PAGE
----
While most tennis fans are probably associating Canada with the rising star of Eugenie Bouchard, the Canadians are witnessing the constant improvement of a former very promising junior, who is now proving herself in the big tour: Sharon Fichman.
The 23 year old girl from Toronto has this year reached her career’s best ranking at world number 77, confirming once again her constant improvement over the years.
She made her top 100 debut during this 2014 and she clearly means to stay, as her results keep improving week after week. In a lovely and relaxed chat, she explained me how this all could happen:
“It’s a lot of things, you can’t just pin point one thing,” she said. “You know, I work really hard and I know a lot of girl on tour do too, but I just try to be one of the hardest workers and every day I like to look back and make sure that I did my absolute best with whatever I had and I think that’s probably the biggest factor in the way my tennis is going, in my attitude.
“My team is great, you know, I love working with my coach: he is fantastic, he believes in me, I believe in him and, you know, he is not here with me this week, I have someone else with me and he is doing a great job. You just plan you work and work you plan and that’s it.”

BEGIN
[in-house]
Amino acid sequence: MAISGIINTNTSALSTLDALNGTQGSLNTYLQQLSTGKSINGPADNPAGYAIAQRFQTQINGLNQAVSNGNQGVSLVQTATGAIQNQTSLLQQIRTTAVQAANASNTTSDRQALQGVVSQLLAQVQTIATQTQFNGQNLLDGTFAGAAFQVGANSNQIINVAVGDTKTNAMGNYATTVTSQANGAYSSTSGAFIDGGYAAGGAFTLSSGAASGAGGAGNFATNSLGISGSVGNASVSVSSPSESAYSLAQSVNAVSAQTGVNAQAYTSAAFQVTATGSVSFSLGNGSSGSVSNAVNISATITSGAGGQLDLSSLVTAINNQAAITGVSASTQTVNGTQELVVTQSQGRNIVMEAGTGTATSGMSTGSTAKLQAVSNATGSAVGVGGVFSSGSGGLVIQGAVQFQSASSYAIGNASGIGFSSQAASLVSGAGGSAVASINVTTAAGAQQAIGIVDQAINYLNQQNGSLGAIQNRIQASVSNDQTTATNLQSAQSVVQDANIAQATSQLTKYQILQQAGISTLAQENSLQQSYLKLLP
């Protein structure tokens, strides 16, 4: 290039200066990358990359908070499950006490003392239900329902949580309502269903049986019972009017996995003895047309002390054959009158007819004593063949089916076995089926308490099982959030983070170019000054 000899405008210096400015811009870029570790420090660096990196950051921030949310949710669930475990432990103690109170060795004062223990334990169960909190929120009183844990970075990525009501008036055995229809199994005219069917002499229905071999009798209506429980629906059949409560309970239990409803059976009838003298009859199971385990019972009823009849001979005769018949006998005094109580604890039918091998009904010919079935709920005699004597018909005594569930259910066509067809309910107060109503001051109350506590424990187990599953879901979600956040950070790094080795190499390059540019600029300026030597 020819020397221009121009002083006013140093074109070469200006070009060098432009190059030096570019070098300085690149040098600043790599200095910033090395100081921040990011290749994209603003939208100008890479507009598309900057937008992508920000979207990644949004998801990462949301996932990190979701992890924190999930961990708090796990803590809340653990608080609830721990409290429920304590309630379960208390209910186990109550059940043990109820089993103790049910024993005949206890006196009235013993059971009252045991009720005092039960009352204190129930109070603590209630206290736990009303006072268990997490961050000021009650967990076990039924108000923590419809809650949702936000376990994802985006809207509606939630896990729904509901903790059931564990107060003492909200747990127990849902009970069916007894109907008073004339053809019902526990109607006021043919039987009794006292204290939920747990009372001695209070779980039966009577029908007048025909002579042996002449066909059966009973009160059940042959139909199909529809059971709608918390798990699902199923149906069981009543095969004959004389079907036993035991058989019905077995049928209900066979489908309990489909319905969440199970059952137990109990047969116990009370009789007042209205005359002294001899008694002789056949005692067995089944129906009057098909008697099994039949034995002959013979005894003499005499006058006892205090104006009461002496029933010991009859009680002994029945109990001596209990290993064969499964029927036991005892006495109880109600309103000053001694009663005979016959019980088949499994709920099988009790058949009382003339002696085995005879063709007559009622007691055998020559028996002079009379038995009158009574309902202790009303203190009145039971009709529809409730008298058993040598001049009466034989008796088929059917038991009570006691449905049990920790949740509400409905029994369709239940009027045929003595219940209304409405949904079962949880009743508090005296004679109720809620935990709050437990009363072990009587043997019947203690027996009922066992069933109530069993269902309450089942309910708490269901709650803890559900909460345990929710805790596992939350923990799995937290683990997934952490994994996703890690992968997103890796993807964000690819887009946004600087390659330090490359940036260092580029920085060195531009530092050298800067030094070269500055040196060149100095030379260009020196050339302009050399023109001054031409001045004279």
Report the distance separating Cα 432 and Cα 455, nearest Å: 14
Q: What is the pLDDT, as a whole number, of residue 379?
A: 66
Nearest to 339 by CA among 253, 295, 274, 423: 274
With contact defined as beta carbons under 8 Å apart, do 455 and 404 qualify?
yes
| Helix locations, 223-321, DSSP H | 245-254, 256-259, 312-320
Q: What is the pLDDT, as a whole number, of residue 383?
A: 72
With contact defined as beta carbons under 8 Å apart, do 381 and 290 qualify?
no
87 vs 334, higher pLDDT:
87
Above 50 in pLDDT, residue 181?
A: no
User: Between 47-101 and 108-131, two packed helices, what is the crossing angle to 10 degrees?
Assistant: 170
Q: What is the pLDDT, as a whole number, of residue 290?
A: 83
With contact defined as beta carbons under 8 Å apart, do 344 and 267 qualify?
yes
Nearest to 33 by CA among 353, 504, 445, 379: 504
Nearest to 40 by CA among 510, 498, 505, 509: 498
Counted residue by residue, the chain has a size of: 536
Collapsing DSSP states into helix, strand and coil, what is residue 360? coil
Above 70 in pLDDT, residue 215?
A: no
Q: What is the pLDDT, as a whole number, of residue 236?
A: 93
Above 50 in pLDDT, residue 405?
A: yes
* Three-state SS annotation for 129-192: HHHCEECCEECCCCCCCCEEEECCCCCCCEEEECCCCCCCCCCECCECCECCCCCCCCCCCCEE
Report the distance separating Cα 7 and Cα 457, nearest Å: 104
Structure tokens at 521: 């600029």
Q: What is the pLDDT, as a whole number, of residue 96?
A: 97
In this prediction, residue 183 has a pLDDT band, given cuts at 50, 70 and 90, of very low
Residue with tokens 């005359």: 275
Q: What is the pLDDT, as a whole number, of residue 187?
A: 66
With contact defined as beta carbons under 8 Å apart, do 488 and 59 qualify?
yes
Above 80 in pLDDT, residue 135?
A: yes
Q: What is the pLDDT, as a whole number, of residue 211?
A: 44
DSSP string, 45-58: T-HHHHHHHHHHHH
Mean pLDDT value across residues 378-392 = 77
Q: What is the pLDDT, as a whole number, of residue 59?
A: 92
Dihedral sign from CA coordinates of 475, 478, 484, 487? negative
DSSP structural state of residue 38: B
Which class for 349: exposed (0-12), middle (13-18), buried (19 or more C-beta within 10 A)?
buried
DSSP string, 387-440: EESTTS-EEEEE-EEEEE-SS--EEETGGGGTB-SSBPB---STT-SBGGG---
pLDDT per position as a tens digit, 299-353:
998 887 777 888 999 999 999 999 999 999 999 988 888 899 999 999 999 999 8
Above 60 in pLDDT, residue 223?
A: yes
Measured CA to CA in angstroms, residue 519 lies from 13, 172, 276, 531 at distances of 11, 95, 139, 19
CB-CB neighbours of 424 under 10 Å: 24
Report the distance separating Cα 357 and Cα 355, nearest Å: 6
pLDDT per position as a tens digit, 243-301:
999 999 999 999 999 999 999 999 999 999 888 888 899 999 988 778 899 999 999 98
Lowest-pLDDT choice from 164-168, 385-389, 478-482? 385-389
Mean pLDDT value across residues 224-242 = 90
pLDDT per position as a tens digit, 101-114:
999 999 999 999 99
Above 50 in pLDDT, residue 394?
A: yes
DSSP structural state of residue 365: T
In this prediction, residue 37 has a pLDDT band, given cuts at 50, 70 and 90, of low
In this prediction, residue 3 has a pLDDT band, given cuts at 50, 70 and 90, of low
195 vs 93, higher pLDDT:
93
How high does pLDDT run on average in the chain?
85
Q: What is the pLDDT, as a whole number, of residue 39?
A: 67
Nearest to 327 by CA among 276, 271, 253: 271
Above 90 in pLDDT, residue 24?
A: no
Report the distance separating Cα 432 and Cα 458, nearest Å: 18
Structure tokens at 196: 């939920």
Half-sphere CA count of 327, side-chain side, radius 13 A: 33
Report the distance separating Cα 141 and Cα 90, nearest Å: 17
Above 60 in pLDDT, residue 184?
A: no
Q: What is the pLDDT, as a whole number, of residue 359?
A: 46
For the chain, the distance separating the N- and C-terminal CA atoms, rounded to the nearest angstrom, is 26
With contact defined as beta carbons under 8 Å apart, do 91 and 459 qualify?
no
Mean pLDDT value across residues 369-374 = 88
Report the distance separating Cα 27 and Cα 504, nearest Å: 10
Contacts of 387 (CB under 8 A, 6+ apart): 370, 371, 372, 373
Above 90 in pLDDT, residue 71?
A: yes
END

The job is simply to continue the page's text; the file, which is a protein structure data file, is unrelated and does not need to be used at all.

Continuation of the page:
Fichman has a great defensive game, characterized by a remarkable footwork and fast movements, but what has improved a lot over the years is her anticipation and how much flatter her shots are.
Despite being 1.63m tall (5ft4), her serve has improved dramatically and so the power of her groundstrokes.
This combination of defensive and offensive abilities has led to results equally as good on all surfaces and against a variety of opponents.
“The biggest thing for me is that, you know, I have my game style, I have my objectives and my goals when I’m playing, no matter the surface,” she explained to me. “You know, you still stick to your core values when you are playing; of course you have to make some few adjustments, a few tweaks, that’s natural, and I do that at the best of my ability.
“But in the end I focus on myself because that’s all I can control, that’s really all I can ask out of myself today.”
Earlier this spring, as an epitome to this improvements, she won her first $100,000 event in Cagnes-sur-Mer and then came very close to upsetting Jelena Jankovic at Roland Garros.
Despite the loss, she took lots of positives out of that match and, like you would expect from such a fierce personality, an additional motivation for the future.
“It’s great to have had that experience, I’m very disappointed still, that I lost, I thought that it was close and I had my chances,” she admitted. “At 3-3 in the third, I had a break point I didn’t convert, I learnt from it and next time I’ll just be more prepared, be ready.
“I look forward to playing her and other top players again and learning from my mistakes and correcting it.